This is a special time of year for sports fans. Hope springs eternal as your favorite baseball team gears up in Florida or Arizona. The NBA season is in its stretch run as teams fight for playoff positioning. And the NCAA Tournament, arguably the grandest spectacle of them all, is on the horizon. Even passive fans complete multiple brackets in pools with friends and co-workers and enjoy watching young student-athletes strive for “One Shining Moment” during March Madness.
But now, the games have stopped for the foreseeable future.
We’re hopeful that the NBA season will resume play after its 30-day stoppage. Commissioner Adam Silver did use the word “suspended” as opposed to “cancelled.” MLB did cancel Spring Training games and its regular season is delayed by a minimum of 2 weeks. However, MLB is a marathon with games scheduled through September. So there remains hope that we’ll see some baseball. NFL is contemplating options for its draft.
However, the NCAA’s cancellation of March Madness probably stings the most. Right as teams are either securing NCAA Tournament bids, preparing for conference tournaments, or striving to keep their postseason hopes alive, the college basketball season comes to an abrupt end. While fans are disappointed, think about the student-athletes. March Madness is their ultimate goal and now there will be no shining moment for any player or team.
And look no further than the state of Ohio for those thinking about what could have been. High-flying Obi Toppin and the No. 3 Dayton Flyers had won 20 games in a row and were tabbed as a Final Four or National Champion favorite. The UD women’s team had clinched an automatic berth in the NCAA Tournament after winning the Atlantic 10 Conference Tournament.
Also, after a mid-season lull, Ohio State was trending in the right direction with solid play heading into the Big Ten Tournament. Cincinnati was poised to make a postseason run as the No. 1 seed in the American Athletic Conference Tournament. Xavier had work to do in the Big East Tournament, but the Musketeers are always a threat this time of year. And don’t forget a 24-7 Akron Zips team as it rolled into the MAC Tournament. Also, 25-win Wright State would have been a solid NIT participant.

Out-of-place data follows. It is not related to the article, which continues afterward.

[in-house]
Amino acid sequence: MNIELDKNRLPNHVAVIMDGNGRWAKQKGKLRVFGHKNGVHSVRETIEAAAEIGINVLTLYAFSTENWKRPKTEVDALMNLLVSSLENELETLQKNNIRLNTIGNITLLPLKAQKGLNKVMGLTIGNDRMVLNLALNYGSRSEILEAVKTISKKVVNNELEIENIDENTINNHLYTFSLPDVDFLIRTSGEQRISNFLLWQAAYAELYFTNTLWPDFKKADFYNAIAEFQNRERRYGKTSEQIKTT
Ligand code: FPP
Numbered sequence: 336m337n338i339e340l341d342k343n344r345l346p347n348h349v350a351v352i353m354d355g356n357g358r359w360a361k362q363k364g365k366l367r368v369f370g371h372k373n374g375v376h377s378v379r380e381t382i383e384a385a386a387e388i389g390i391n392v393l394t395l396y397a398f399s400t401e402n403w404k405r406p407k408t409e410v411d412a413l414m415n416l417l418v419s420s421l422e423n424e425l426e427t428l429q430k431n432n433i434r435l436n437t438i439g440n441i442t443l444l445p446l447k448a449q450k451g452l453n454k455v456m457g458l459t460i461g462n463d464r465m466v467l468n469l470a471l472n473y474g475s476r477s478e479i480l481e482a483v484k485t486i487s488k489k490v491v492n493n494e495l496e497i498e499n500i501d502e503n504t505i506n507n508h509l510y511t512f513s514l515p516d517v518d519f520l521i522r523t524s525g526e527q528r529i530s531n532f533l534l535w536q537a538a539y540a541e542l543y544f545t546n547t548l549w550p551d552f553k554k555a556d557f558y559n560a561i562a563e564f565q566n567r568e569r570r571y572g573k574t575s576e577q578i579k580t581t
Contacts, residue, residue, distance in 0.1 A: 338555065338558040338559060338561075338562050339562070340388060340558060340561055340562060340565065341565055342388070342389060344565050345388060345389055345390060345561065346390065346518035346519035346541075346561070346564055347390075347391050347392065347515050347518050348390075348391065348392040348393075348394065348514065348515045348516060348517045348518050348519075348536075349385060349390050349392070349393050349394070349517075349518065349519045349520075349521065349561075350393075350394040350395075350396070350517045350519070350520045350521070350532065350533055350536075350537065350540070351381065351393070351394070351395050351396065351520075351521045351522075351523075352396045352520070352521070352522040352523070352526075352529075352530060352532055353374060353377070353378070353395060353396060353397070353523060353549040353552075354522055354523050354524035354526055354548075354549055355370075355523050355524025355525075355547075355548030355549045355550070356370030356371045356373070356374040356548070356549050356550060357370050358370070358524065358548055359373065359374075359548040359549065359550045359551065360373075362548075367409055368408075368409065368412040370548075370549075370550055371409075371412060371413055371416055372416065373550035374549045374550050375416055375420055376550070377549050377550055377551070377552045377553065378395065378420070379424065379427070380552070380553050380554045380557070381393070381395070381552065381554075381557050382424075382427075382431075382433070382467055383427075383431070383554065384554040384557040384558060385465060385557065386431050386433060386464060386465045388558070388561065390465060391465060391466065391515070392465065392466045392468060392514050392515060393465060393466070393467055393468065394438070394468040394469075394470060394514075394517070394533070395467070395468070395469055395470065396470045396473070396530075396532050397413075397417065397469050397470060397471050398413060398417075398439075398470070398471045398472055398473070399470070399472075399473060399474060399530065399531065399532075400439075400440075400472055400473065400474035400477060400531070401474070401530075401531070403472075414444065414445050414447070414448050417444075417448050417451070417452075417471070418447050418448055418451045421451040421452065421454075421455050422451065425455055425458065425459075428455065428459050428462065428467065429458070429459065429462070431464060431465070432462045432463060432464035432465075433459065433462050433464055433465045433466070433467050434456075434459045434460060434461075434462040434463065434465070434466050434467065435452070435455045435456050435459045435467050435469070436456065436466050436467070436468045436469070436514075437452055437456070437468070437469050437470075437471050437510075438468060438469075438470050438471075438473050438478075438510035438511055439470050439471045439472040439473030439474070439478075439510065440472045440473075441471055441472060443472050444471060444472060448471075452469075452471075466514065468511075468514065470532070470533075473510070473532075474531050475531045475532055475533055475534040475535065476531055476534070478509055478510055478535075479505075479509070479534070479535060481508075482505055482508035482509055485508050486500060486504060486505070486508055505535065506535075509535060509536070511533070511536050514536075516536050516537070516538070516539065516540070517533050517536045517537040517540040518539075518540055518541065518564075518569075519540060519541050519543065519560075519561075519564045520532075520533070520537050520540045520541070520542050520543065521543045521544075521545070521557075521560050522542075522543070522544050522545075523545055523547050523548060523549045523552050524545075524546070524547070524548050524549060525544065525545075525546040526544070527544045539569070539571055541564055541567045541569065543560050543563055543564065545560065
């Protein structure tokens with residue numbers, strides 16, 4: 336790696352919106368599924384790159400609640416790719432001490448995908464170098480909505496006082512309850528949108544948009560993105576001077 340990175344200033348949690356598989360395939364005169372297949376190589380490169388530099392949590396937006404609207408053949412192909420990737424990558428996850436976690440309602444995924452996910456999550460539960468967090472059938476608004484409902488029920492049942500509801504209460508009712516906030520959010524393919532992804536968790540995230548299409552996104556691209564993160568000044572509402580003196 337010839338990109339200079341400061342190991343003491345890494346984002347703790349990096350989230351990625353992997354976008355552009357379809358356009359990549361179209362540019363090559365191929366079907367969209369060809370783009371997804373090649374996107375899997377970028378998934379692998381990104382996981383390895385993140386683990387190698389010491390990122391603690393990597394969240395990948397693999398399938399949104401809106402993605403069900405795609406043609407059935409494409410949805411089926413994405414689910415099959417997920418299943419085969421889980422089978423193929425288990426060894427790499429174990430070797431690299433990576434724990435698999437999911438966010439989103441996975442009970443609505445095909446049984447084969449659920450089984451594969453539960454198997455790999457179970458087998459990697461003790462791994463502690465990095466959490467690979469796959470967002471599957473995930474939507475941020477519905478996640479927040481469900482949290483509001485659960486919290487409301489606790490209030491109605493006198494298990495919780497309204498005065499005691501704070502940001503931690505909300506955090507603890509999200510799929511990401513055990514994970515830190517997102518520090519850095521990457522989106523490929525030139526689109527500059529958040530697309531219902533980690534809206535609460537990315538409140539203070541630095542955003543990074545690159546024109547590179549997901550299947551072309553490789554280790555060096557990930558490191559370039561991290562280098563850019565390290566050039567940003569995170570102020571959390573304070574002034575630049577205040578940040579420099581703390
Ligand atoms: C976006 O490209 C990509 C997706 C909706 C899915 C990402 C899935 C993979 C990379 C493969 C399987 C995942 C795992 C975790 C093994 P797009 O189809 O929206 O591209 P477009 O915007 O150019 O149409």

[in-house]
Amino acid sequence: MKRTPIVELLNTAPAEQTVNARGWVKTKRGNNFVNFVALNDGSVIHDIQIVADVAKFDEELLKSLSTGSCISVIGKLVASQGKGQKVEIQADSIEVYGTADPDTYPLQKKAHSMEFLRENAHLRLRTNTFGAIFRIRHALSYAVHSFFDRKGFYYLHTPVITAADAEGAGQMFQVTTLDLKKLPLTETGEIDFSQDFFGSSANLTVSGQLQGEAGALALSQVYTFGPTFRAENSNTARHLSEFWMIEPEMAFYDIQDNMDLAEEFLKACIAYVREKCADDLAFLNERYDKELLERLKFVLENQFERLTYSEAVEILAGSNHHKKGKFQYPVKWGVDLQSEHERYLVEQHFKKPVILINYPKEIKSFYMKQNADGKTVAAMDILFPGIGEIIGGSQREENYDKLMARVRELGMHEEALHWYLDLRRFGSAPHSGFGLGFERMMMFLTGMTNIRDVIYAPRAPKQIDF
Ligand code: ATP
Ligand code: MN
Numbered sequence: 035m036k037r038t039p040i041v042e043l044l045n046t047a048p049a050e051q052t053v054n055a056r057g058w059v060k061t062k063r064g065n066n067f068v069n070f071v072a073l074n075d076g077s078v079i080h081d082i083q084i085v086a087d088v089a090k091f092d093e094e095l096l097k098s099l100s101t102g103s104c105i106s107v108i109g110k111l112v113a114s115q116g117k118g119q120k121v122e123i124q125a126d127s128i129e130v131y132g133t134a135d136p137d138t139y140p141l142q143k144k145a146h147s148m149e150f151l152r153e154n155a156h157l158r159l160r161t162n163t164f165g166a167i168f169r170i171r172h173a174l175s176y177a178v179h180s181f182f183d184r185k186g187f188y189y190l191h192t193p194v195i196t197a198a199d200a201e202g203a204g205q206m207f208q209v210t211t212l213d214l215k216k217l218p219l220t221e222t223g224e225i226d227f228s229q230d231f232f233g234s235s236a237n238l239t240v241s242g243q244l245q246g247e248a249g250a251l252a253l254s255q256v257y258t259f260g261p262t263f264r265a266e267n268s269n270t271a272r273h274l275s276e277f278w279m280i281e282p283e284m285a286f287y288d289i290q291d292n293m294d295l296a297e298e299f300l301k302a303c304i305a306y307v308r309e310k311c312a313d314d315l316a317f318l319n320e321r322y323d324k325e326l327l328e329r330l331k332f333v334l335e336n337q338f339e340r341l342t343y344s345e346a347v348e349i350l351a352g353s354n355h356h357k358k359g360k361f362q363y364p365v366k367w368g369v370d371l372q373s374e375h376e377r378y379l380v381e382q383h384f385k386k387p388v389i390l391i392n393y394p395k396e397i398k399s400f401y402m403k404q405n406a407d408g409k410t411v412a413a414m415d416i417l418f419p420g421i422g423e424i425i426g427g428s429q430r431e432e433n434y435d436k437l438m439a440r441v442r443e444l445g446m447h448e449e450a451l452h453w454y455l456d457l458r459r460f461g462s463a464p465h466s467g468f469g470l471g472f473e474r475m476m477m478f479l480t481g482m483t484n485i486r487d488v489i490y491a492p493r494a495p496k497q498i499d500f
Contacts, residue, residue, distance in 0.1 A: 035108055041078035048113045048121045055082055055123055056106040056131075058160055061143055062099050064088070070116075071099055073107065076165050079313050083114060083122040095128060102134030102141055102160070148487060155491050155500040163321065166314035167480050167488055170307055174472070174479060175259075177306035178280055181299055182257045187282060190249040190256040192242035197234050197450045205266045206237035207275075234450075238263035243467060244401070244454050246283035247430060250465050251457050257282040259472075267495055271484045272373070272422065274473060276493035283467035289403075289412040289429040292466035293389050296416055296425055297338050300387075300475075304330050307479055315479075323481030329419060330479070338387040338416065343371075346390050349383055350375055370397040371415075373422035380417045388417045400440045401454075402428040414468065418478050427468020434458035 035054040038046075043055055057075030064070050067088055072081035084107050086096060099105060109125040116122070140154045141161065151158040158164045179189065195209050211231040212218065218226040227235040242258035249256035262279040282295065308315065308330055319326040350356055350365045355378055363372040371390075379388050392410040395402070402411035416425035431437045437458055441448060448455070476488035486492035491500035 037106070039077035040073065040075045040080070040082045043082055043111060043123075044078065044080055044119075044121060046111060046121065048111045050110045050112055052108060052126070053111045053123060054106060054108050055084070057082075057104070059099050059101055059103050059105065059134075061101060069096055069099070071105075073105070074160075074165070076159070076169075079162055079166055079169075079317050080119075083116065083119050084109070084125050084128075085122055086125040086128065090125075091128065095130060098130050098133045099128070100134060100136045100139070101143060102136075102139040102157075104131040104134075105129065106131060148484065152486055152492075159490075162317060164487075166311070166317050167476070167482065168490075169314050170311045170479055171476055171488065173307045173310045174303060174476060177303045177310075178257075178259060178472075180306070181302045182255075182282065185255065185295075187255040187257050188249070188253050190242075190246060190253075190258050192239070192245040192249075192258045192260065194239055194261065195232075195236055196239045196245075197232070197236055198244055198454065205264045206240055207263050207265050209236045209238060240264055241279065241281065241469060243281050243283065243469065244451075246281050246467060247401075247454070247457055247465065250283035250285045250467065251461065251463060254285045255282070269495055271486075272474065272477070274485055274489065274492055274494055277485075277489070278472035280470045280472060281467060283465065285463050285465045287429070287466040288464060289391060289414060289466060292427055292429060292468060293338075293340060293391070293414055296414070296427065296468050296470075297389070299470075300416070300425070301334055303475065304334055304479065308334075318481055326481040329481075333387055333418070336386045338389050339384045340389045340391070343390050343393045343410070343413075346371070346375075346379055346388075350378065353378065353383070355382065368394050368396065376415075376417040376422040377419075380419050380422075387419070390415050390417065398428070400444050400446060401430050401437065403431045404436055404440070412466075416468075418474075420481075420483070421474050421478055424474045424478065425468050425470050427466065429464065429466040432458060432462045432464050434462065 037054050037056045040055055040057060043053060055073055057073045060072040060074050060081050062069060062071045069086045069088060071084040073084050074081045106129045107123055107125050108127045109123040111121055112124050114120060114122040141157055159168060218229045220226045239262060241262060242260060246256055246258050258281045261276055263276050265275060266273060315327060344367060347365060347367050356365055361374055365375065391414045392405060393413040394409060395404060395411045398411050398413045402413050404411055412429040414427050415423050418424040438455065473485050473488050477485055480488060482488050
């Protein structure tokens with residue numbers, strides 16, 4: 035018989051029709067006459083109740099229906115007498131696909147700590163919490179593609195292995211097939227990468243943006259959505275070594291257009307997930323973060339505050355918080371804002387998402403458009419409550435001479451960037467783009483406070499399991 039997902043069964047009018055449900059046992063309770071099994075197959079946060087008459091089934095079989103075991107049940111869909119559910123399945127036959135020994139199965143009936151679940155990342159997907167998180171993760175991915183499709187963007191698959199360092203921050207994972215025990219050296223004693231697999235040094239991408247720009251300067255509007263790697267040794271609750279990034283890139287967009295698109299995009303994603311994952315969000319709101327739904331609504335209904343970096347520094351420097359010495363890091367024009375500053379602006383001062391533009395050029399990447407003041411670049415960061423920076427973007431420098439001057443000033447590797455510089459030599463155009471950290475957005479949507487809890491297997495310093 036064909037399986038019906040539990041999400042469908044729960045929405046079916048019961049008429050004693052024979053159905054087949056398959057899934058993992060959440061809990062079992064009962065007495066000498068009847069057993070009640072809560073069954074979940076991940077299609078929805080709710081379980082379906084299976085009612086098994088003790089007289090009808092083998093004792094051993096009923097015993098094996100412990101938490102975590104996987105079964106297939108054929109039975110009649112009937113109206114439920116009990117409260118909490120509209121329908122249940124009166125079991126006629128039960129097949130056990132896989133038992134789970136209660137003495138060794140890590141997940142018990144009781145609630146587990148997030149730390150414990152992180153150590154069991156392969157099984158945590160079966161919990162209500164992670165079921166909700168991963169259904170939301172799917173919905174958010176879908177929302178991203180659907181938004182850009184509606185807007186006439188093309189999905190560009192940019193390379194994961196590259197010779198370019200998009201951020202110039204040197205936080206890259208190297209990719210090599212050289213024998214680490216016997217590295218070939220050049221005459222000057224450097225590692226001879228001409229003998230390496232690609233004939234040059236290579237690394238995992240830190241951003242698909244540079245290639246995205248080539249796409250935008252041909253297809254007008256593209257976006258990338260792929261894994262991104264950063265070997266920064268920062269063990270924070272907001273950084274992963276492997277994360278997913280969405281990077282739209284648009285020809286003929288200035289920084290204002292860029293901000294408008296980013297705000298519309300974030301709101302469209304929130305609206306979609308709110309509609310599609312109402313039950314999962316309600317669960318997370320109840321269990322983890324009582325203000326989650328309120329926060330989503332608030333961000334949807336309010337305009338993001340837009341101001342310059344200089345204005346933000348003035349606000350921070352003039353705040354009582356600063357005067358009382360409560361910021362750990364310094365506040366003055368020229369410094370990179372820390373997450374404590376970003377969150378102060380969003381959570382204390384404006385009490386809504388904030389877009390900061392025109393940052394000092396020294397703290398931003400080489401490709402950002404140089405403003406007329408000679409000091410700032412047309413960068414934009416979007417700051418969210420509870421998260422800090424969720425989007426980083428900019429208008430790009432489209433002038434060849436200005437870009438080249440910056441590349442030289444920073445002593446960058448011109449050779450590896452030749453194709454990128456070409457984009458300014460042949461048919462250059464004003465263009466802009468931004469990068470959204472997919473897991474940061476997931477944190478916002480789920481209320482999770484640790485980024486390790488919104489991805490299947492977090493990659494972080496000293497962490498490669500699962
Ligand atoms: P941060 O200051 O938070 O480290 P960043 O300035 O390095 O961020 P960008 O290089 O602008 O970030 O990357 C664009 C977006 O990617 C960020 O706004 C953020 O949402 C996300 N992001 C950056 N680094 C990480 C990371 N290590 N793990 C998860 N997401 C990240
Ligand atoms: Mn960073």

So yes, it is a tough pill to swallow for those of us who relish the Madness and perhaps the most enjoyable month of the sports year.
However, even the most rabid sports fan can’t lose sight of what is important.
When health and lives of human beings are at stake, all precautions must be taken to keep us as safe as possible. And while sports fans are disappointed, the league commissioners and leaders of sports organization acted appropriately.
So the games had to stop while this country strives to get a handle on the Coronavirus (COVID-19) pandemic. Bringing big crowds together for these events would have been irresponsible under these circumstances. Because this condition and its symptoms are no game.
And it’s nice to see that professional athletes and teams understand this point. Dallas Mavericks owner Mark Cuban stepped up right away and said a program would be in place to support hourly workers. I’m particularly appreciative of star athletes like Kevin Love, Giannis Antetokonumpo, Zion Williamson, Blake Griffin, Steph Curry and Rudy Gobert among others who have pledged to help pay workers, too. Remember, this goes beyond the athletes and coaches. Many arena staffers and vendors depend on these events to support their families.
Many things are bigger than sports. And you don’t have to be a star athlete or team owner to help out. We all need to pull together and lead by example. Be careful, encourage others to do the same and act in a fashion that is in the best interests of everyone around you.
We all love sports. Now, it’s time for us to demonstrate teamwork, leadership and unselfishness ourselves.